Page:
A Threat to Male Fertility

Deborah Blum

March 21, 2014

New York Times Blog

To study the impact of everyday chemicals on fertility, federal researchers recently spent four years tracking 501 couples as they tried to have children. One of the findings stood out: while both men and women were exposed to known toxic chemicals, men seemed much more likely to suffer fertility problems as a result.

The gender gap was particularly wide when it came to phthalates, those ubiquitous compounds used to make plastics more flexible and cosmetic lotions slide on more smoothly. Women who wore cosmetics often had higher levels of phthalates in their bodies, as measured by urinalysis. But only in their male partners were phthalate levels correlated with infertility.

“It’s the males in the study that are driving the effect,” said Germaine Buck Louis, an epidemiologist at the National Institute of Child Health and Human Development and lead author of the report, published in February in Fertility and Sterility. “They’re the signal.”

Poison Pen
POISON PEN

Deborah Blum writes about chemicals and the environment.

Phthalates belong to a group of industrial compounds known as endocrine disruptors because they interfere with the endocrine system, which governs the production and distribution of hormones in the body. The chemicals have been implicated in a range of health problems, including birth defects, cancers and diabetes.

But it is their effect on the human reproductive system that hasmost worried researchers. A growing body of work over the last two decades suggests that phthalates can rewire the male reproductive system, interfering with the operation of androgenic hormones, such as testosterone, that play key roles in male development. That mechanism, some experts believe, explains findings that link phthalate exposure to changes in everything from testicular development to sperm quality.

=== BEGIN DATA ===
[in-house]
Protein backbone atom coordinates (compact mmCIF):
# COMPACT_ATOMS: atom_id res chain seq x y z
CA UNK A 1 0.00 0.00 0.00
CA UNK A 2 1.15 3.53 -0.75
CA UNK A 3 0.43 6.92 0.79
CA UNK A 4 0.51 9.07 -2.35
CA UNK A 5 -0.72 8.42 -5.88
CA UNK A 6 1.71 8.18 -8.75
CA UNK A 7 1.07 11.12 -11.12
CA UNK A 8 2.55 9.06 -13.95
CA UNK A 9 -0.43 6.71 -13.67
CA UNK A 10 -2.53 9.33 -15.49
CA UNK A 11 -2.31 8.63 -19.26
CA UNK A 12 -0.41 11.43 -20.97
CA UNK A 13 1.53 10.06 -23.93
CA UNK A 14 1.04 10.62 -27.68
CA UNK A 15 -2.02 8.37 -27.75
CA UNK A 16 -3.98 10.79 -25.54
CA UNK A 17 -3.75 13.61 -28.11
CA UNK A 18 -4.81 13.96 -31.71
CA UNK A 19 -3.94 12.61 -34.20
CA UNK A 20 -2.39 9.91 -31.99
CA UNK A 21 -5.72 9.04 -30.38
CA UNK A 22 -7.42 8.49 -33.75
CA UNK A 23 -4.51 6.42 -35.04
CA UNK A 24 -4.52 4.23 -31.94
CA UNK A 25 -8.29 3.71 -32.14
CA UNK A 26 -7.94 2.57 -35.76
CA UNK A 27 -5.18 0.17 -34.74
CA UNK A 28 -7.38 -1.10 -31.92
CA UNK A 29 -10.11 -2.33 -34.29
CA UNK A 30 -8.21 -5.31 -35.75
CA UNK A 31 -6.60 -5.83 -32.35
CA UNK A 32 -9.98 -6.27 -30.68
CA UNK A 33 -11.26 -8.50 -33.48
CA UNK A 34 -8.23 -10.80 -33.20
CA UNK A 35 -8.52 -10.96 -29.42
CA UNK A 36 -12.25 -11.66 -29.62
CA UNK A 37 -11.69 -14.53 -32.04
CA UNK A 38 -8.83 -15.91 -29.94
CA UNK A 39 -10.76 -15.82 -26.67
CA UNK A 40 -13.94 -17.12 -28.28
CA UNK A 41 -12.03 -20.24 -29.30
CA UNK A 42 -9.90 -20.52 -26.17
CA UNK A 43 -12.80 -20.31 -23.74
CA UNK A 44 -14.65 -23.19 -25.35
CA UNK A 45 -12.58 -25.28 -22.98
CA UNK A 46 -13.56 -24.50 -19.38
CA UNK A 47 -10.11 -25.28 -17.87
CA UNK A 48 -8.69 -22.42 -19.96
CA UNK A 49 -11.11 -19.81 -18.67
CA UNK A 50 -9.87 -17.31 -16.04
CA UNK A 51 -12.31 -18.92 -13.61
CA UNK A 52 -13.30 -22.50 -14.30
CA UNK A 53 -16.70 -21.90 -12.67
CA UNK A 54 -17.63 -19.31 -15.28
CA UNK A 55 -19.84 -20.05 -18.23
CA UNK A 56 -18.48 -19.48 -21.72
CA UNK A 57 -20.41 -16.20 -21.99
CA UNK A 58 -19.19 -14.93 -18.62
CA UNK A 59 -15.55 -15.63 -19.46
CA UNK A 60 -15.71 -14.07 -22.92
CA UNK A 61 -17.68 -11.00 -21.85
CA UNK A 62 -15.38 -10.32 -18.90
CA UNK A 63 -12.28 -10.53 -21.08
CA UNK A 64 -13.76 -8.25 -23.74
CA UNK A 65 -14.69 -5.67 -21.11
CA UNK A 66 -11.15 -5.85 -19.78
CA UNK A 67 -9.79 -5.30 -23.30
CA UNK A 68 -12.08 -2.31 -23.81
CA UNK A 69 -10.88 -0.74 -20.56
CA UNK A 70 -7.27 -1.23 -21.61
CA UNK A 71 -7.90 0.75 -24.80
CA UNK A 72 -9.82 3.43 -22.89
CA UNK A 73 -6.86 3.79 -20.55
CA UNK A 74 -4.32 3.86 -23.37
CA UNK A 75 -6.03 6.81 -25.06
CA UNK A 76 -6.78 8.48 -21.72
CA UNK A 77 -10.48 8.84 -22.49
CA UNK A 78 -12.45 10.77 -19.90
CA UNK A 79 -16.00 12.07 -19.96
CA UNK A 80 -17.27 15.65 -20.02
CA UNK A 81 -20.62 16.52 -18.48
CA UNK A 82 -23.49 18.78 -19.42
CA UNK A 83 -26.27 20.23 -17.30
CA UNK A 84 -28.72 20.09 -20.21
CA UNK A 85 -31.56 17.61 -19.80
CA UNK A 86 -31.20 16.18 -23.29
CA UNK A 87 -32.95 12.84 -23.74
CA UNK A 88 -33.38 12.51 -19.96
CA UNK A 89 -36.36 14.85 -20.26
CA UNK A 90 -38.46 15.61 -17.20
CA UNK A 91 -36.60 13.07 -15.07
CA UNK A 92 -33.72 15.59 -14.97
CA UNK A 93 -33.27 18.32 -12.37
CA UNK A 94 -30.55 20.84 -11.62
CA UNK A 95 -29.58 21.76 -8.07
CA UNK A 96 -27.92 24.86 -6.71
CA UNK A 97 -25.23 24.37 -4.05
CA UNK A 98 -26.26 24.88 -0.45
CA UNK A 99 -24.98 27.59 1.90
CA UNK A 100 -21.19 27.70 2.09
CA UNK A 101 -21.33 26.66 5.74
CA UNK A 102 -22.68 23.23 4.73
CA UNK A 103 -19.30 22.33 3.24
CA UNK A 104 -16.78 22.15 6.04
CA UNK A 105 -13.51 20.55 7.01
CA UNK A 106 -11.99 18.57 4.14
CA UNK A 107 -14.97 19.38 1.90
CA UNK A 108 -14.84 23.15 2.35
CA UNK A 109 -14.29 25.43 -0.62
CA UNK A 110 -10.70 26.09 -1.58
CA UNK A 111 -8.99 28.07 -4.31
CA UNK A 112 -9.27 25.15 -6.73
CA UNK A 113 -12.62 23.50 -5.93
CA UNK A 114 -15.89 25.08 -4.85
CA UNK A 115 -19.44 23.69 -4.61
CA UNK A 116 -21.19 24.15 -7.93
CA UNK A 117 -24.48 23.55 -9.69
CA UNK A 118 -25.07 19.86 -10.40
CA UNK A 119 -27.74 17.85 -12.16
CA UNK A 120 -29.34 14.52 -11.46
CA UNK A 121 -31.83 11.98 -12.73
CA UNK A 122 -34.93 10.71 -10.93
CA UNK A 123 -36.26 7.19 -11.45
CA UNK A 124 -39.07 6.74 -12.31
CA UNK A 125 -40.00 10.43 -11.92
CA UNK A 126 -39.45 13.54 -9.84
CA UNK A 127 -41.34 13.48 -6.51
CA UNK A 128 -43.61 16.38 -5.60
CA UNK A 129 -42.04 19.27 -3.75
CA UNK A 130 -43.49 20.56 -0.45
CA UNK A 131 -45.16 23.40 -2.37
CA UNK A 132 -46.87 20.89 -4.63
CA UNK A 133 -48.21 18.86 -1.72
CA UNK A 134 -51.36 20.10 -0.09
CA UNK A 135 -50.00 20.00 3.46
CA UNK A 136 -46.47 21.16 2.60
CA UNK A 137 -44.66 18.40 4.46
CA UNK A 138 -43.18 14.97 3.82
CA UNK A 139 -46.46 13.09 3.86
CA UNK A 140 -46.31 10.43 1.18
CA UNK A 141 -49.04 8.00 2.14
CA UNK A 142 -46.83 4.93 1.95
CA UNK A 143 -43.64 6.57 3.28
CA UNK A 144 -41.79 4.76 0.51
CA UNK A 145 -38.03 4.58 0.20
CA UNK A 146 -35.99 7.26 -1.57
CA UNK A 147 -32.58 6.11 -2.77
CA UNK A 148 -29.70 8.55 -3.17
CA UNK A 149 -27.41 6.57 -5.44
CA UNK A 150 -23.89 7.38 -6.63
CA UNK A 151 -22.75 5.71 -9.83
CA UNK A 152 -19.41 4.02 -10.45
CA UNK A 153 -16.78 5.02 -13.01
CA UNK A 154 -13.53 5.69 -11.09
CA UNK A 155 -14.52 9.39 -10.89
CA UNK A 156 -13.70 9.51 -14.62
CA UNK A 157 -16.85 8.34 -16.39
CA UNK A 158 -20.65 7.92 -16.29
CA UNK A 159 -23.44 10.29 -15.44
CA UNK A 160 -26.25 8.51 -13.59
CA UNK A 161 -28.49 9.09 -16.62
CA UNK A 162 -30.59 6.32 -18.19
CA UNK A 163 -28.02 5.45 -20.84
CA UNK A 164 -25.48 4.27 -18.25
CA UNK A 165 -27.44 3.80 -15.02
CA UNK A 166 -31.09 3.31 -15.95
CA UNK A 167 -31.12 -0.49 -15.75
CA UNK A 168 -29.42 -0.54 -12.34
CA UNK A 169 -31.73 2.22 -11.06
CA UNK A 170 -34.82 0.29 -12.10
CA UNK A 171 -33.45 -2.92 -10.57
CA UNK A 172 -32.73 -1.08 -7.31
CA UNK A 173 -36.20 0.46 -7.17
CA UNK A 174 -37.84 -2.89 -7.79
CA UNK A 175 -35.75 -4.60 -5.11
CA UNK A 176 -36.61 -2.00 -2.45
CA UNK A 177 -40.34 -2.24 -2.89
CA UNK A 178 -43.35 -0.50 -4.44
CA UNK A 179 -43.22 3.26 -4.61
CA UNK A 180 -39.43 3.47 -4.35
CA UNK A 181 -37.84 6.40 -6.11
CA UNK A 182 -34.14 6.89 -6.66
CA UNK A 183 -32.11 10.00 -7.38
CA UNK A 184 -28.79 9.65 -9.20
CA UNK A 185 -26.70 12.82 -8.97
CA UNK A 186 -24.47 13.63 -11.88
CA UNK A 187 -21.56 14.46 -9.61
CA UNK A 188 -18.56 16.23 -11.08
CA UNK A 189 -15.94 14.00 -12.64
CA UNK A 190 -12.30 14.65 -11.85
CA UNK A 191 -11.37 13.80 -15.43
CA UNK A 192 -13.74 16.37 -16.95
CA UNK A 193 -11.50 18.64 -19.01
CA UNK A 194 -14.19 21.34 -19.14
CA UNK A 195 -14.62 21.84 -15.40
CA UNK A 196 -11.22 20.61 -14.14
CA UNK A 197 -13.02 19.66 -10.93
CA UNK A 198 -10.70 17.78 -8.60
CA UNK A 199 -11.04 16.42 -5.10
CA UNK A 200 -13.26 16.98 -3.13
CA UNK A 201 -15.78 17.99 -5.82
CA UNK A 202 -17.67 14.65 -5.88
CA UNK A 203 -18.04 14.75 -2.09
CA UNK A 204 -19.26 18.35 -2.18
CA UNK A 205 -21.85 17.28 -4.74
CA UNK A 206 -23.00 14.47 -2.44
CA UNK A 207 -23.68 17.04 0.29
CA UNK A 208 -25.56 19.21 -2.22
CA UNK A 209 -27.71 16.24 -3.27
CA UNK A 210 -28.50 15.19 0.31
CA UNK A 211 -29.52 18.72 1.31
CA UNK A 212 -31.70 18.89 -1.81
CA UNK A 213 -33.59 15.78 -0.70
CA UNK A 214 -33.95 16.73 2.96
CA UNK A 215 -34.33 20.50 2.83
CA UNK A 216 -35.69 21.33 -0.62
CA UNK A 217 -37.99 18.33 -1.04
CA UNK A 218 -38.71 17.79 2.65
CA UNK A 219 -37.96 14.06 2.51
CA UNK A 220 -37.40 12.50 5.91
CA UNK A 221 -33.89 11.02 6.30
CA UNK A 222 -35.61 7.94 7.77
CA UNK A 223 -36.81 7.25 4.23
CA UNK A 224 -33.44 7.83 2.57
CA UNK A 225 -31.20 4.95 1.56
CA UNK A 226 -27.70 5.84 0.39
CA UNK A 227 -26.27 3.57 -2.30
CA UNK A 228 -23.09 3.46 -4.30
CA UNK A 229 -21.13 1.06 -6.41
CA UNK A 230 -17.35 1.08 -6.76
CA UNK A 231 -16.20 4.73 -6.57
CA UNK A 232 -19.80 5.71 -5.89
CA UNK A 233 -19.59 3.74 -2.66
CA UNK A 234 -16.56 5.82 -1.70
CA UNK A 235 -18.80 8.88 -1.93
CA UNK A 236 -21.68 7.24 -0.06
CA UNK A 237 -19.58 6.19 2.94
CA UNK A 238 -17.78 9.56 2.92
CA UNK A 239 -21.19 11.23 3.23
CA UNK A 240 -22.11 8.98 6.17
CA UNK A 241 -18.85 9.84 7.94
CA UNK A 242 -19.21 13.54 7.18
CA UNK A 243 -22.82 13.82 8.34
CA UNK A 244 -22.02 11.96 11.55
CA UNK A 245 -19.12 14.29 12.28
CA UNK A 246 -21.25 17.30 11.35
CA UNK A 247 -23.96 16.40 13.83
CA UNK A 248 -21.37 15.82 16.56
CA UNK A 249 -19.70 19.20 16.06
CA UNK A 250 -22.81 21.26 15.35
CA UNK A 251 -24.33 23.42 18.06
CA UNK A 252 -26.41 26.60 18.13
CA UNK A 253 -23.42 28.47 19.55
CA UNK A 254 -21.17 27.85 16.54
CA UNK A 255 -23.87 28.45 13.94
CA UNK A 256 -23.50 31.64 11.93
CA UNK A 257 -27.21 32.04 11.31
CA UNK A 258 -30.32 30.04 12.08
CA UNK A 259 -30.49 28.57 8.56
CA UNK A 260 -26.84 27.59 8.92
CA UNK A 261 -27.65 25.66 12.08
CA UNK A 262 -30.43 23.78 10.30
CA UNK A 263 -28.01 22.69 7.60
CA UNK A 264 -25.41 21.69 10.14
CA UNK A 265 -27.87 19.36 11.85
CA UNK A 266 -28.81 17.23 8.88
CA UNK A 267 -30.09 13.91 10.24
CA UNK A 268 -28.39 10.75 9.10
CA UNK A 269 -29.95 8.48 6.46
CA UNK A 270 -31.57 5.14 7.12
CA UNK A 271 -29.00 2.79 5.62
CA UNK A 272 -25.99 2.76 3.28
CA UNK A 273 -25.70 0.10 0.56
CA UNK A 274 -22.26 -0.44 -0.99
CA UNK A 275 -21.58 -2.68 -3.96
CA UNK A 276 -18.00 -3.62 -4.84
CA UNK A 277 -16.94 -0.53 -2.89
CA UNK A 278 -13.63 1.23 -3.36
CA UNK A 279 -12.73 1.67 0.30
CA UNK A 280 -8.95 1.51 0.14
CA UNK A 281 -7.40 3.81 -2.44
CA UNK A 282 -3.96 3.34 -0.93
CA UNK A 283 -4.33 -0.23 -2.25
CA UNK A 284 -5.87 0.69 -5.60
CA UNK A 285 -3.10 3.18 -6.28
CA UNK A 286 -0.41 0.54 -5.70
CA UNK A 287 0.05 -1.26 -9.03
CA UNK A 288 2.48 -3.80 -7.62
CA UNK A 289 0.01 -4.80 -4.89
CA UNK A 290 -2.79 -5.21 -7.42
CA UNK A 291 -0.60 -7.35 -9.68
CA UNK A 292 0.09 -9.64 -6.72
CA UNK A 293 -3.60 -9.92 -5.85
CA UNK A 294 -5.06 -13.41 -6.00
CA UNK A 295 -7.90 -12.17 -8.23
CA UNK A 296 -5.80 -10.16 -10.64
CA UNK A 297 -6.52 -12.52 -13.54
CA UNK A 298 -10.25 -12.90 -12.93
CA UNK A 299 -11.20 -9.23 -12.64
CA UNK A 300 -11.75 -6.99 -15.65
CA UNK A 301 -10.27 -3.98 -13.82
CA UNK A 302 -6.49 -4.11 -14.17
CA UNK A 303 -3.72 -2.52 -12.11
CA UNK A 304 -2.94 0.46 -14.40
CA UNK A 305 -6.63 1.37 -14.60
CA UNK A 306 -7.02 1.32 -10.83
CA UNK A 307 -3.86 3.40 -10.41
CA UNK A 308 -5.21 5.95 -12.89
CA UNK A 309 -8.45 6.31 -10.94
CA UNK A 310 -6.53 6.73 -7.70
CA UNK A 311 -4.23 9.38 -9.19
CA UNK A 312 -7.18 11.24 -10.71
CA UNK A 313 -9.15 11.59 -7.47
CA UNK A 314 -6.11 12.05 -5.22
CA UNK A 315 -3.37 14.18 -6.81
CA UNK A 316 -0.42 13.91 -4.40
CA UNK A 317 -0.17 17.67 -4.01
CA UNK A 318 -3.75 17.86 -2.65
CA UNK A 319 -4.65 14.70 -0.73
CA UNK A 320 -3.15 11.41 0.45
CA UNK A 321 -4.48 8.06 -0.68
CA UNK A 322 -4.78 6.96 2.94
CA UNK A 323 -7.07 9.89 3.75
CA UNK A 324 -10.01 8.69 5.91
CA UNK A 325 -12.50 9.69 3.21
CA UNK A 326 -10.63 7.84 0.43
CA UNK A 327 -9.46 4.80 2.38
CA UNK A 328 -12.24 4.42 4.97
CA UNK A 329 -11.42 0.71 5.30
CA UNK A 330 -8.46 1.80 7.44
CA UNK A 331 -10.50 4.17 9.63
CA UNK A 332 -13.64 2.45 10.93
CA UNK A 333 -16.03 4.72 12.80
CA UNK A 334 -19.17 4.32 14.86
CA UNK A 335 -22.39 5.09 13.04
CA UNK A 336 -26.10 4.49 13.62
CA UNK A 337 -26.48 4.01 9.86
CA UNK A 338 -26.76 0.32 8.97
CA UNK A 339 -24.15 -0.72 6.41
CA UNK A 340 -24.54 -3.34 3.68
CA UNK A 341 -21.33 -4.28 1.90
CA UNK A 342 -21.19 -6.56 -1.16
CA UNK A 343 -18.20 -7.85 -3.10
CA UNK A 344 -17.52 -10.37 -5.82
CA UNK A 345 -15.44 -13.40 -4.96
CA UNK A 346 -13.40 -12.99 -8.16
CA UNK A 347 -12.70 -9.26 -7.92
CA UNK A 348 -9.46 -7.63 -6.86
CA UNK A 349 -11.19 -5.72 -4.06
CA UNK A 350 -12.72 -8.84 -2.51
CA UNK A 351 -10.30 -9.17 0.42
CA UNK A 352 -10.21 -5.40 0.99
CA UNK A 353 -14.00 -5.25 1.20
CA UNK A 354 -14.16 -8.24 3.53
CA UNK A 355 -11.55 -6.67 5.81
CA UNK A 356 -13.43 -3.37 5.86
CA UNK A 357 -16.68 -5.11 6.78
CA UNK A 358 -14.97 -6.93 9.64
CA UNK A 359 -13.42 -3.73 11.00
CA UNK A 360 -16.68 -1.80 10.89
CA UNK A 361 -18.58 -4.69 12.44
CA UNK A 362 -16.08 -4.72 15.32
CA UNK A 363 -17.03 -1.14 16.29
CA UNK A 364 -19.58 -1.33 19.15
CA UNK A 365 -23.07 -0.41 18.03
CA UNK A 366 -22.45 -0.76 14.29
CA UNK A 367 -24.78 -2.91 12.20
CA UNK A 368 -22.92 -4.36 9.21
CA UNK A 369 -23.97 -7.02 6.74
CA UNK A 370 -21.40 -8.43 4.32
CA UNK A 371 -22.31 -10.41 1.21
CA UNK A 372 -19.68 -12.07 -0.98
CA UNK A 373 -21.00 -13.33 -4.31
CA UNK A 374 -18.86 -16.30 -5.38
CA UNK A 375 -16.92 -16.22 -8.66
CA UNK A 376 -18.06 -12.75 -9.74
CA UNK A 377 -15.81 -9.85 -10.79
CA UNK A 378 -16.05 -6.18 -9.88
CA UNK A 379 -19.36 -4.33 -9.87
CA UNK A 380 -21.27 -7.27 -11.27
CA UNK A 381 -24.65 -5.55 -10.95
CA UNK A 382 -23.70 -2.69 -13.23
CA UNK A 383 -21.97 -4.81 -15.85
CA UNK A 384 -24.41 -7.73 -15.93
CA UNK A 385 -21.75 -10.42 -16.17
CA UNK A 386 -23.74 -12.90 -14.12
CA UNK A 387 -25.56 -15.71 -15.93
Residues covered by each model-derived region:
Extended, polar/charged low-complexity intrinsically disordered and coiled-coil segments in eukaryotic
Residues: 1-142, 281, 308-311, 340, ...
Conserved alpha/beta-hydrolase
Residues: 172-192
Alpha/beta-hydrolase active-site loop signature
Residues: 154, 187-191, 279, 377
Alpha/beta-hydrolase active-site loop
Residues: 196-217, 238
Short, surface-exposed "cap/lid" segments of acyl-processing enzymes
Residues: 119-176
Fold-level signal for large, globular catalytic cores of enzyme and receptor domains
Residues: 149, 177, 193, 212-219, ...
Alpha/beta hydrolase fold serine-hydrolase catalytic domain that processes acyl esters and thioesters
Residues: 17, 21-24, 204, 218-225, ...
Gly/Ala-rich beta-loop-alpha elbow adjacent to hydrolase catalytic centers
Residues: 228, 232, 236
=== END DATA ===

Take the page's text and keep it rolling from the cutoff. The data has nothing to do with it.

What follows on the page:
“I wasn’t surprised at all by this finding,” Andrea Gore, a professor of pharmacology and toxicology at the University of Texas, and editor in chief of the journal Endocrinology, said of the new report. “We see the cell studies, the animal studies and now the human epidemiology work, and they are all showing us a similar picture.”

The focus on male fertility dates back to the early 1990s, when researchers in the United States and Europe published a paper suggesting chemical exposures could be linked to a steady decline in semen quality. One of the authors, Niels Skakkebaek, a reproduction researcher at the University of Copenhagen, has since suggested that an increase in malformations in male reproductive systems, which he calls “testicular dysgenesis syndrome,” may belinked to environmental exposure to compounds including endocrine disruptors like phthalates.

More recent studies in the United States have also suggested links between phthalate exposure and apparent sperm damage in men. The findings are supported by a host of animal studies, particularly in rats, which have shown that the compounds can interfere with masculinization of young animals and result in odd physical changes to male reproductive tracts.

“They interfere with how testosterone is made,” explained Heather Patisaul, a biology professor at North Carolina State University who is studying the effect of endocrine-disrupting compounds during puberty. “Anything you can think of that’s testosterone-dependent is likely to be affected.”

Women also have androgenic hormones, but to a lesser degree, and according to some theories this accounts for the smaller but still observable effects of phthalates on female fertility. (Testosterone, for instance, is part of the cascade of hormones that leads to egg.

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